# Defining a black hole requires asymptotic flatness, or null infinity?

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I see statements that in order to define a black hole, we need asymptotic flatness, but this only seems to be necessary because we want to define the horizon as the boundary of a region from which light can't escape to null infinity ($\mathscr{I}^+$). It seems like you can have a well defined null infinity without having asymptotic flatness. E.g., Hawking and Ellis describe de Sitter space as having a Penrose diagram that looks like a square, and they do refer to the top edge of the square as $\mathscr{I}^+$. (This means that $\mathscr{I}^+$ in de Sitter space is spacelike rather than timelike.)

So can't we define a black hole simply by saying that light can't escape to $\mathscr{I}^+$? I guess this raises the point of what general definition we would have in mind for $\mathscr{I}^+$. H&E don't actually give an explicit definition, but it seems like the thrust of it is that it's the graveyard of lightlike geodesics on a Penrose diagram, and implicitly I think the intention is that a singularity isn't part of $\mathscr{I}^+$, even though light rays can end up there. So I suppose we want the definition to be that it's the graveyard of complete lightlike geodesics.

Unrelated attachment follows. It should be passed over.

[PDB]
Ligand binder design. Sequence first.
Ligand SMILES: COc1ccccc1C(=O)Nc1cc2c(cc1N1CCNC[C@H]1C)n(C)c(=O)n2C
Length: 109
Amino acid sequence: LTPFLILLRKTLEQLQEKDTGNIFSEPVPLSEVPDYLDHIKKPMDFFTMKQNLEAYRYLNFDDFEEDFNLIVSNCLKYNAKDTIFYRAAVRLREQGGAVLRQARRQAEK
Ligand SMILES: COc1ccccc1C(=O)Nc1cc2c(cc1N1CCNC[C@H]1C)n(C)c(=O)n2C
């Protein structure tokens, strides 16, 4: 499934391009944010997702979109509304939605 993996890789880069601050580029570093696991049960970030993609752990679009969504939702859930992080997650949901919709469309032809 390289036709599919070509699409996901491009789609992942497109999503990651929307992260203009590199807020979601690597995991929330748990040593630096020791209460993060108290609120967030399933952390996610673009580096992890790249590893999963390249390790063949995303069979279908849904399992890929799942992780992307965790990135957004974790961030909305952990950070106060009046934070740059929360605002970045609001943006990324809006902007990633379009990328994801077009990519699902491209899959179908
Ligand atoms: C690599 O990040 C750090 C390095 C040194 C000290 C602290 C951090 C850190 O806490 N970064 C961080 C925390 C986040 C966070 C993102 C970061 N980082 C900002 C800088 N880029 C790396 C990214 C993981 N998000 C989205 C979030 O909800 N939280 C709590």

If asymptotic flatness really is necessary in order to define black holes, then it seems like we can't, for example, define black holes in de Sitter space. This seems silly to me -- if we lived in de Sitter space, we could certainly tell what was and what wasn't a black hole, couldn't we?

[EDIT] Hmm... possibly this answers my question: http://relativity.livingreviews.org/open?pubNo=lrr-2001-6&amp;page=articlese2.html [Broken] "Similar definitions of a black hole can be given in other contexts (such as asymptotically anti-deSitter spacetimes) where there is a well defined asymptotic region." Geroch is talking about a-dS, not dS, but the concept seems the same.

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